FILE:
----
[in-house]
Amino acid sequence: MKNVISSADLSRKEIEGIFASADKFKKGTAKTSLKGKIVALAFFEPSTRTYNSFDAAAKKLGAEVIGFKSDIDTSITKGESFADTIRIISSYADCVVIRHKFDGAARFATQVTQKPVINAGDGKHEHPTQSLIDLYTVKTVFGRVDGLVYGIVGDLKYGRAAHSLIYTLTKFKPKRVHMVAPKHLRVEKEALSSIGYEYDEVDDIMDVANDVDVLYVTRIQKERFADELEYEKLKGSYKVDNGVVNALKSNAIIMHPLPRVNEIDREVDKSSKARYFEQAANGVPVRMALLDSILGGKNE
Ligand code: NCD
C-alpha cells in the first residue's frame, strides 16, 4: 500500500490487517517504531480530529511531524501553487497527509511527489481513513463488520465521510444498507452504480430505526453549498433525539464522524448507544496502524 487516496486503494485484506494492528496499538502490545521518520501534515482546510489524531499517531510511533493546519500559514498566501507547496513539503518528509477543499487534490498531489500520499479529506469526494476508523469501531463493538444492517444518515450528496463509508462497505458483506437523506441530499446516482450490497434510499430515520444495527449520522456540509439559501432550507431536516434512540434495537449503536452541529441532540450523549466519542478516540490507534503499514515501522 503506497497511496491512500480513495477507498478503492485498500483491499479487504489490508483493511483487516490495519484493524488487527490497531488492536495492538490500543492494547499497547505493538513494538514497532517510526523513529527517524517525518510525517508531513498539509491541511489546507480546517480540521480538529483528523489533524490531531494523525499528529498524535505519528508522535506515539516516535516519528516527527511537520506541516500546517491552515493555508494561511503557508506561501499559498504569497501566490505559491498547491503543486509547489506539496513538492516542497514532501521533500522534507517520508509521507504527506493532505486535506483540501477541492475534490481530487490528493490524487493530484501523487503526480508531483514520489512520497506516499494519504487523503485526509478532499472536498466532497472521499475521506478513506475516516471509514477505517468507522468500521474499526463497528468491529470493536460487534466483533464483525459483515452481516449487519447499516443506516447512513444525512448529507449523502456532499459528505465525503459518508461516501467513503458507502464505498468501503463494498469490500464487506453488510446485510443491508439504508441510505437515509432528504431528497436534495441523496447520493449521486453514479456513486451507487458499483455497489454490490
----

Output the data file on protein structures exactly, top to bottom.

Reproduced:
[in-house]
Amino acid sequence: MKNVISSADLSRKEIEGIFASADKFKKGTAKTSLKGKIVALAFFEPSTRTYNSFDAAAKKLGAEVIGFKSDIDTSITKGESFADTIRIISSYADCVVIRHKFDGAARFATQVTQKPVINAGDGKHEHPTQSLIDLYTVKTVFGRVDGLVYGIVGDLKYGRAAHSLIYTLTKFKPKRVHMVAPKHLRVEKEALSSIGYEYDEVDDIMDVANDVDVLYVTRIQKERFADELEYEKLKGSYKVDNGVVNALKSNAIIMHPLPRVNEIDREVDKSSKARYFEQAANGVPVRMALLDSILGGKNE
Ligand code: NCD
C-alpha cells in the first residue's frame, strides 16, 4: 500500500490487517517504531480530529511531524501553487497527509511527489481513513463488520465521510444498507452504480430505526453549498433525539464522524448507544496502524 487516496486503494485484506494492528496499538502490545521518520501534515482546510489524531499517531510511533493546519500559514498566501507547496513539503518528509477543499487534490498531489500520499479529506469526494476508523469501531463493538444492517444518515450528496463509508462497505458483506437523506441530499446516482450490497434510499430515520444495527449520522456540509439559501432550507431536516434512540434495537449503536452541529441532540450523549466519542478516540490507534503499514515501522 503506497497511496491512500480513495477507498478503492485498500483491499479487504489490508483493511483487516490495519484493524488487527490497531488492536495492538490500543492494547499497547505493538513494538514497532517510526523513529527517524517525518510525517508531513498539509491541511489546507480546517480540521480538529483528523489533524490531531494523525499528529498524535505519528508522535506515539516516535516519528516527527511537520506541516500546517491552515493555508494561511503557508506561501499559498504569497501566490505559491498547491503543486509547489506539496513538492516542497514532501521533500522534507517520508509521507504527506493532505486535506483540501477541492475534490481530487490528493490524487493530484501523487503526480508531483514520489512520497506516499494519504487523503485526509478532499472536498466532497472521499475521506478513506475516516471509514477505517468507522468500521474499526463497528468491529470493536460487534466483533464483525459483515452481516449487519447499516443506516447512513444525512448529507449523502456532499459528505465525503459518508461516501467513503458507502464505498468501503463494498469490500464487506453488510446485510443491508439504508441510505437515509432528504431528497436534495441523496447520493449521486453514479456513486451507487458499483455497489454490490